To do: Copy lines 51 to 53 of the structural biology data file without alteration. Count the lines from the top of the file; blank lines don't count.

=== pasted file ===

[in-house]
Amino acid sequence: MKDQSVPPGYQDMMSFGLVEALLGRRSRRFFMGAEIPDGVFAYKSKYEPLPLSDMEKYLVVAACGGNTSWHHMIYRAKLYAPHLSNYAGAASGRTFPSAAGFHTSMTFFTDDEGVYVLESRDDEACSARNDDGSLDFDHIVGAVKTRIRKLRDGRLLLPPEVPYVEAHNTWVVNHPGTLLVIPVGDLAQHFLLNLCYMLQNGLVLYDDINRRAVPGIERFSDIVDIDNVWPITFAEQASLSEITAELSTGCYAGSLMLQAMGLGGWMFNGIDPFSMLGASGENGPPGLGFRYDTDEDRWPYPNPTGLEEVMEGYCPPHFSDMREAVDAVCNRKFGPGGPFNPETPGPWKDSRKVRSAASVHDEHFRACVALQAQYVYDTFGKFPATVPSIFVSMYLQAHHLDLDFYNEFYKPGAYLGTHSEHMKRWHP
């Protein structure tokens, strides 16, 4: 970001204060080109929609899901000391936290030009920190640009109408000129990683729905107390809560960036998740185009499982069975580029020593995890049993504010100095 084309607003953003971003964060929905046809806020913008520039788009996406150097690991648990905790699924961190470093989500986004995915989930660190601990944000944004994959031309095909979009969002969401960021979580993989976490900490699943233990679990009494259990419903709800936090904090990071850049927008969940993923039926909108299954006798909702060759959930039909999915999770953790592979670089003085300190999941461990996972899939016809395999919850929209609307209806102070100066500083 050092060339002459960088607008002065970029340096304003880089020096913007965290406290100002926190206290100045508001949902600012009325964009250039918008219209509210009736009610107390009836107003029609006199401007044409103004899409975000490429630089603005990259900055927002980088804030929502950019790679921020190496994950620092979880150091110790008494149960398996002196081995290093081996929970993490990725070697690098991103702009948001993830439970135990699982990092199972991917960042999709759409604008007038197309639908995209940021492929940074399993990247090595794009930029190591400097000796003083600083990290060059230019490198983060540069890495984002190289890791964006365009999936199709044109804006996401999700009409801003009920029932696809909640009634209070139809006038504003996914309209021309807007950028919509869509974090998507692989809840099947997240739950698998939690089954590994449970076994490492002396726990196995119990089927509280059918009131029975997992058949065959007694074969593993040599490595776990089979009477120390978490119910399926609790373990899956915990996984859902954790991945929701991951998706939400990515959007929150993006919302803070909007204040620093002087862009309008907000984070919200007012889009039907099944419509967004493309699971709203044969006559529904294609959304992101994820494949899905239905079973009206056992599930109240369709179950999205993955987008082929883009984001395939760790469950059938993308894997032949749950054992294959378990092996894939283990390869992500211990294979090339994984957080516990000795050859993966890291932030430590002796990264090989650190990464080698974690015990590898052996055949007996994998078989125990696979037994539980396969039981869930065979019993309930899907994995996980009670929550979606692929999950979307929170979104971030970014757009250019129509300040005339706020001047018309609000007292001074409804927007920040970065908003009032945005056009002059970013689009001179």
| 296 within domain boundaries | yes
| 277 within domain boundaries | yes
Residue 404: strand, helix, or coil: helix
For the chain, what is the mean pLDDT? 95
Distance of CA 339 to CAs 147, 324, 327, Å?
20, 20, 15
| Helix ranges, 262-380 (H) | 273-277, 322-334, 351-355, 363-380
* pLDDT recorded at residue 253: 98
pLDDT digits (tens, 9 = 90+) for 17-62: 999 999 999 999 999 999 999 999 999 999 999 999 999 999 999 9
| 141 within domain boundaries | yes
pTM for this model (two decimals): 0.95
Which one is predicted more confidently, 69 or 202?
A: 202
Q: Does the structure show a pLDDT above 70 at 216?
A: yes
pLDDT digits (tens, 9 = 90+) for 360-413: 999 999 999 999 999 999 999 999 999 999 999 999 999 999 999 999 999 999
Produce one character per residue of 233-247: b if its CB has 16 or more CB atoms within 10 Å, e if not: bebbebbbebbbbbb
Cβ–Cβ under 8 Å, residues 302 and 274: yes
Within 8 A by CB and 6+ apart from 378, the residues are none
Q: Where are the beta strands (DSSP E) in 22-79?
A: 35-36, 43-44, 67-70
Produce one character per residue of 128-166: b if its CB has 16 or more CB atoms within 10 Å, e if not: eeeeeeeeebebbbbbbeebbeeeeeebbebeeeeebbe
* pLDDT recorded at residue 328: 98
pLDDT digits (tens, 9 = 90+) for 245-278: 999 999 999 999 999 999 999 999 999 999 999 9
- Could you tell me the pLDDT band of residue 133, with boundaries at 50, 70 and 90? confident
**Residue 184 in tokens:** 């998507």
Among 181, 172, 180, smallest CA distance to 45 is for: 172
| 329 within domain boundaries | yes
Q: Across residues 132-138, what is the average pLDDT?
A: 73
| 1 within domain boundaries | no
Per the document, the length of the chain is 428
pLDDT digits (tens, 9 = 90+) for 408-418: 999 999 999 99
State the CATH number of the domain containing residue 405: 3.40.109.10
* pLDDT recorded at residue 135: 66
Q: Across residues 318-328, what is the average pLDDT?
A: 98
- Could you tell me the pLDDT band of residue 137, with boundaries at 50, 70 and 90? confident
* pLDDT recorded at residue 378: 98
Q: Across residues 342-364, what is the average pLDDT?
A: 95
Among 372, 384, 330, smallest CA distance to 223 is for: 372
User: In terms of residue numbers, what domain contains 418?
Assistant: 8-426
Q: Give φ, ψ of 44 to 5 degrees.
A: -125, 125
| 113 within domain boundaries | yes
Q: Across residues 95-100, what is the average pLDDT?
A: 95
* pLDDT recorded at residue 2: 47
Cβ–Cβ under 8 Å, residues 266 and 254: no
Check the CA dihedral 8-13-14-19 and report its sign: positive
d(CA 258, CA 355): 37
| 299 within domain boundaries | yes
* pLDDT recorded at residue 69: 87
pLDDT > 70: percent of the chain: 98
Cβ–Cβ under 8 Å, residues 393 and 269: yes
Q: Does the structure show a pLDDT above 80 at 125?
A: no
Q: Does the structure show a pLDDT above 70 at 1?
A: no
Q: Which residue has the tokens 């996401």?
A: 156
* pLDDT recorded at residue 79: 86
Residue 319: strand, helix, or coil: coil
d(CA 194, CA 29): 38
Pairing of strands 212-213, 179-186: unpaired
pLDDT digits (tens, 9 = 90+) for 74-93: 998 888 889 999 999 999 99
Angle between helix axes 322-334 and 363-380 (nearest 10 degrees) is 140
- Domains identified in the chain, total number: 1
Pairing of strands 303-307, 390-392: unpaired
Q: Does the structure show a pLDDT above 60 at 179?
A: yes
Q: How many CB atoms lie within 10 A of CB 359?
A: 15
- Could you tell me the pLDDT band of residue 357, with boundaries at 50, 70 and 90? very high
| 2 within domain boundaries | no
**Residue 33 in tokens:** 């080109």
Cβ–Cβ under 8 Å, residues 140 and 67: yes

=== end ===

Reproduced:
Q: Across residues 95-100, what is the average pLDDT?
A: 95
* pLDDT recorded at residue 2: 47